Book Bunk, founded in 2017 by publisher Angela Wachuka and author Wanjiru Koinange, is a non-profit organization working to restore libraries across the city by updating everything from the physical infrastructure to the book collections. The team has also helped transform the libraries into spaces for events that encourage thought and celebrate writing, including hosting the Nairobi Literature Festival.
“We’ve really asked a lot of questions about what libraries are, what they can be, and what’s stopping them from getting to the point where they can fully serve communities,” said Koinange.
McMillan Memorial Library is the city’s oldest library, and Book Bunk’s latest project. Built in 1931, only White European colonizers were allowed to enter the space for the next three decades,
Even the name of the library recalls its history. It was commissioned by Lady Lucie McMillan and dedicated as a memorial to her husband, British American settler Sir William Northrup McMillan. Past the lions guarding the front entrance (placed there in reference to McMillan’s fascination with lions), the books within the library also serve as striking reminders of the times.
“When you look at the collection, it reflects a certain kind of ideology — a very problematic one,” said Wachuka.
Updating a colonial collection
In 2018, Book Bunk established a partnership with Nairobi’s local government that allows the team to lead restoration efforts in the city’s libraries. Book Bunk, which relies on donors and partnerships to fund its projects, has a dedicated staff of paid and volunteer workers.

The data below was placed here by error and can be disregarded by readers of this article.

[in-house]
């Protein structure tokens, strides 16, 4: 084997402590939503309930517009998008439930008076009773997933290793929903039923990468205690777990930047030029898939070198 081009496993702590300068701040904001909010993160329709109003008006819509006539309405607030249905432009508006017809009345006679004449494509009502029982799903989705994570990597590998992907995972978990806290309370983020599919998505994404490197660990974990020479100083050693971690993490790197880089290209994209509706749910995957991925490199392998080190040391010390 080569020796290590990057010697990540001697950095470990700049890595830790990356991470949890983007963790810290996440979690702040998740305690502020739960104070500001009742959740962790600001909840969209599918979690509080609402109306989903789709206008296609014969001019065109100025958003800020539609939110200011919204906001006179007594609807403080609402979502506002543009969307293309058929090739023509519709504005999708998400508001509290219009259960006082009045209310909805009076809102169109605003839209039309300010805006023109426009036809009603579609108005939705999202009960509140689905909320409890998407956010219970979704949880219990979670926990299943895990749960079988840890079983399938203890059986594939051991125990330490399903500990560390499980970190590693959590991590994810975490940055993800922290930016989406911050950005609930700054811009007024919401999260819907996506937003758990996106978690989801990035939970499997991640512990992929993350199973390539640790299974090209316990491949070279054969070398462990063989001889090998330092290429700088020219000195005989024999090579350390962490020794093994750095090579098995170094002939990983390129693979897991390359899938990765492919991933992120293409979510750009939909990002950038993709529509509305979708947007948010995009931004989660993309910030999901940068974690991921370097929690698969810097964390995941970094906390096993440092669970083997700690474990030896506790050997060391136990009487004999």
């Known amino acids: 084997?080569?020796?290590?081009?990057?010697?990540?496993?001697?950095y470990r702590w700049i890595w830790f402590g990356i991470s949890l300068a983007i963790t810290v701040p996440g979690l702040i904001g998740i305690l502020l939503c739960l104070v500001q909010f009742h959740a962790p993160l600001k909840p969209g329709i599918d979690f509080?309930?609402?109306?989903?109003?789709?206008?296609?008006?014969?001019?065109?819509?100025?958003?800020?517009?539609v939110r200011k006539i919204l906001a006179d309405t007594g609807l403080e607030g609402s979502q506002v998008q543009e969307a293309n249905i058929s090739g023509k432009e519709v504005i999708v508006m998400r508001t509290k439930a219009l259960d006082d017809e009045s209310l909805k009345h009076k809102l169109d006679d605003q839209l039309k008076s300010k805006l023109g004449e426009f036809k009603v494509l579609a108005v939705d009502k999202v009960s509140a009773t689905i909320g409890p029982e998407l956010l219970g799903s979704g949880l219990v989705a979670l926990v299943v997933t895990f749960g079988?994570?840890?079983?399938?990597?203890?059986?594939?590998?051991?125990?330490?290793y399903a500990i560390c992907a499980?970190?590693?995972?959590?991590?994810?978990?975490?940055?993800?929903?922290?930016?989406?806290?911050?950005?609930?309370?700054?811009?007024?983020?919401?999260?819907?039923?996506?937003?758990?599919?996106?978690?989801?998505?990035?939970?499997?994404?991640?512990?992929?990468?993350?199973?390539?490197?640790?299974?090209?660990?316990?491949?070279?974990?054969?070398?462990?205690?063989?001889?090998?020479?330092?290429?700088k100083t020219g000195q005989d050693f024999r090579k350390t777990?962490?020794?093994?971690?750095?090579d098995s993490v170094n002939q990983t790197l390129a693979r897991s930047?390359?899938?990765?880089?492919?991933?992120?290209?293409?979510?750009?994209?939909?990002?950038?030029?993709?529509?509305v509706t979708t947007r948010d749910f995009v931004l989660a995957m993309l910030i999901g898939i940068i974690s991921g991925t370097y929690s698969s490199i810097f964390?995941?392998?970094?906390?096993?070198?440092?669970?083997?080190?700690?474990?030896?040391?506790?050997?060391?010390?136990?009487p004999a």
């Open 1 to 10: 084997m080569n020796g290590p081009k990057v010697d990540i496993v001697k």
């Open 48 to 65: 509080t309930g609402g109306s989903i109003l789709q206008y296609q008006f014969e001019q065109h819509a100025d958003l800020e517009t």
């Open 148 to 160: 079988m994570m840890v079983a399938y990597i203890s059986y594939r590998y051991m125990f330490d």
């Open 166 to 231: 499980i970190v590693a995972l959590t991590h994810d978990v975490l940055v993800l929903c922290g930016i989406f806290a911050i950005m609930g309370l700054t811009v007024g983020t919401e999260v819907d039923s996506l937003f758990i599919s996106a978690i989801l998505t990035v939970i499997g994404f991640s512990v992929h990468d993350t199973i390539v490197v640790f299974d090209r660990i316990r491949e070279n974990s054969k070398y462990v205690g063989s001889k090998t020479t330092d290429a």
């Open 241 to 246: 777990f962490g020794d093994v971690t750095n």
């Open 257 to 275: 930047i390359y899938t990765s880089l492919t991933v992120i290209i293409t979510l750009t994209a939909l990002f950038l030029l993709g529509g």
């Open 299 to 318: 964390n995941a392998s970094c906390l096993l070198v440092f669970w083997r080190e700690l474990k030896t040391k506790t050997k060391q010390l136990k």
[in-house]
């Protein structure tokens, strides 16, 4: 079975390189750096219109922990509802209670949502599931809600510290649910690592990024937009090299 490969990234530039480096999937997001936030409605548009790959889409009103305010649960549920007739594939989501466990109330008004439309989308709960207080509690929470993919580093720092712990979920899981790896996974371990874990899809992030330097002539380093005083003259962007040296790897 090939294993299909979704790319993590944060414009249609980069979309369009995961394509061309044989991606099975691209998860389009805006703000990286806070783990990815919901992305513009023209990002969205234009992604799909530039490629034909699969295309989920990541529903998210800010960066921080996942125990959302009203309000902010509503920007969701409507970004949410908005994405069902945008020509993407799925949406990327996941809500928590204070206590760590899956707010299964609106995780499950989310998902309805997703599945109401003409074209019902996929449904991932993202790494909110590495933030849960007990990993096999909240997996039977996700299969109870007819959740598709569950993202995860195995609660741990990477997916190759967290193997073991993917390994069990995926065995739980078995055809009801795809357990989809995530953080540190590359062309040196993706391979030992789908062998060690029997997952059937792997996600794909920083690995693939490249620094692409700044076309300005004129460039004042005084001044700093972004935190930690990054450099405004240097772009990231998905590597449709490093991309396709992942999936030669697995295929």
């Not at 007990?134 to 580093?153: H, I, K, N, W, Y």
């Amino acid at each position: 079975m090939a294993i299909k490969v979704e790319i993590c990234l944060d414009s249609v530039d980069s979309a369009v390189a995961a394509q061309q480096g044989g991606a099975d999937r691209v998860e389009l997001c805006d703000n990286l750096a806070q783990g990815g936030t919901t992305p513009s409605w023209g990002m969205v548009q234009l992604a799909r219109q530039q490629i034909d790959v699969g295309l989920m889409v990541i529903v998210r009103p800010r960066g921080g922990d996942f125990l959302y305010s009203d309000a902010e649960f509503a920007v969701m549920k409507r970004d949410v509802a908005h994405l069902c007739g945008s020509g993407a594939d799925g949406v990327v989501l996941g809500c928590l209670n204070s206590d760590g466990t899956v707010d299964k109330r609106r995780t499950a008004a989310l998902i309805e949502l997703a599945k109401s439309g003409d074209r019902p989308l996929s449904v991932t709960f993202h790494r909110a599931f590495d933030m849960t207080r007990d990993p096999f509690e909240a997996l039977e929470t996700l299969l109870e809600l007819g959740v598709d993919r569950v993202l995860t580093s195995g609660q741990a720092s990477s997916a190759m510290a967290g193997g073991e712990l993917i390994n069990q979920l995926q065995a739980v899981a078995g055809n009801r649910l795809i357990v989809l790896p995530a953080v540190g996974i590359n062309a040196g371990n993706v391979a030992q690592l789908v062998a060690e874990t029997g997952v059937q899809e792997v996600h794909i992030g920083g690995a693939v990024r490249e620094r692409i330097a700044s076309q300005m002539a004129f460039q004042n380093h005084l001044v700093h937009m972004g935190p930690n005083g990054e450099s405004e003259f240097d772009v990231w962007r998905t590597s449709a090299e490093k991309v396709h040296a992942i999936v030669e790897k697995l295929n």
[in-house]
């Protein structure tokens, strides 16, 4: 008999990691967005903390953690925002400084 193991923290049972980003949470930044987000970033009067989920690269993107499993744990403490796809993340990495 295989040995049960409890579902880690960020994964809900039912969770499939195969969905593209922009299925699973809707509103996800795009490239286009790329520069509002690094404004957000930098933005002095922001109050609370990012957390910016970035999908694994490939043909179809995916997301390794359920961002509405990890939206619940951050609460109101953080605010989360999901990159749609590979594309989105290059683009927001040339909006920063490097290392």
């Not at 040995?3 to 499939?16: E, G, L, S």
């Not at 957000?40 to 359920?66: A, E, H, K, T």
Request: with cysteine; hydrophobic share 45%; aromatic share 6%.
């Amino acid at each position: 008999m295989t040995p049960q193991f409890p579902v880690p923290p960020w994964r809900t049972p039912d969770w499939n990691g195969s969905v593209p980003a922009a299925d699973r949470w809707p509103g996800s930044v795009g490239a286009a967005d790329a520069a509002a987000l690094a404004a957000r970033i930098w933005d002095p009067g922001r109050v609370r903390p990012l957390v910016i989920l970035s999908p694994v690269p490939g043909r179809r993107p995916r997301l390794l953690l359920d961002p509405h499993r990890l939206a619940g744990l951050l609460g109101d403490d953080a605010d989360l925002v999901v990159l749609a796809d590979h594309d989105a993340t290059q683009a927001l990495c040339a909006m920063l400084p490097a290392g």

Wachuka and Koinange, along with 30 interns, worked over a period of nine months at the McMillan Memorial Library to catalogue 137,705 books — mainly acquired from British colonizers. They are now combing through the material to decide which ones will stay.
“The texts in here don’t reflect who we are but are an important part of understanding how we have been viewed throughout history,” said Wachuka.
The McMillan Library is Book Bunk’s third library restoration project. The team has already restored Eastlands Library in eastern Nairobi and the more central Kaloleni Library. They are now working to digitize books and archival content like periodicals that will make access to history a click away.
While sorting through the shelves, they noticed a sizable gap at all three libraries: the lack of an Africanist collection.
“I’m 100% sure that if we had books on the shelves that reflected people’s needs, then we’d have them flying off the shelves,” said Koinange.
A welcoming space to gather
The surrounding communities use the libraries as workspaces, with about 300 people across the locations accessing them every day, according to Koinange. Before Book Bunk restored them, Kaloleni and Eastlands had no running water or workable bathrooms, and McMillan had a barely functioning electrical system, forcing the library to close when the sun set.
Even before revamping the libraries, Book Bunk spent months surveying local communities to find out what services would be most useful. People requested Wi-Fi, updated bathrooms, extended opening hours, community spaces and fun activities.
Book Bunk is currently working to create outdoor spaces at the libraries and updating infrastructure, from installing Wi-Fi to clearing asbestos in the walls. And while there is still the lingering feeling that they are restoring a space that was never intended for them, Koinange believes it is important to stand up to history and leave something better for posterity.
“I think there’s an erasure that we’re very quick to do as Kenyans when things are painful. That is not useful, because if you erase it, then you kind of forget it, and it happens over and over again,” she said. “(Instead), you stare it in the face and be like, ‘We’re going to make you beautiful again.’ You’re going to find a way to restore not just the building, but what the building means for Kenyans, (and) that is a lot more lasting.”
Briana Duggan contributed to this story.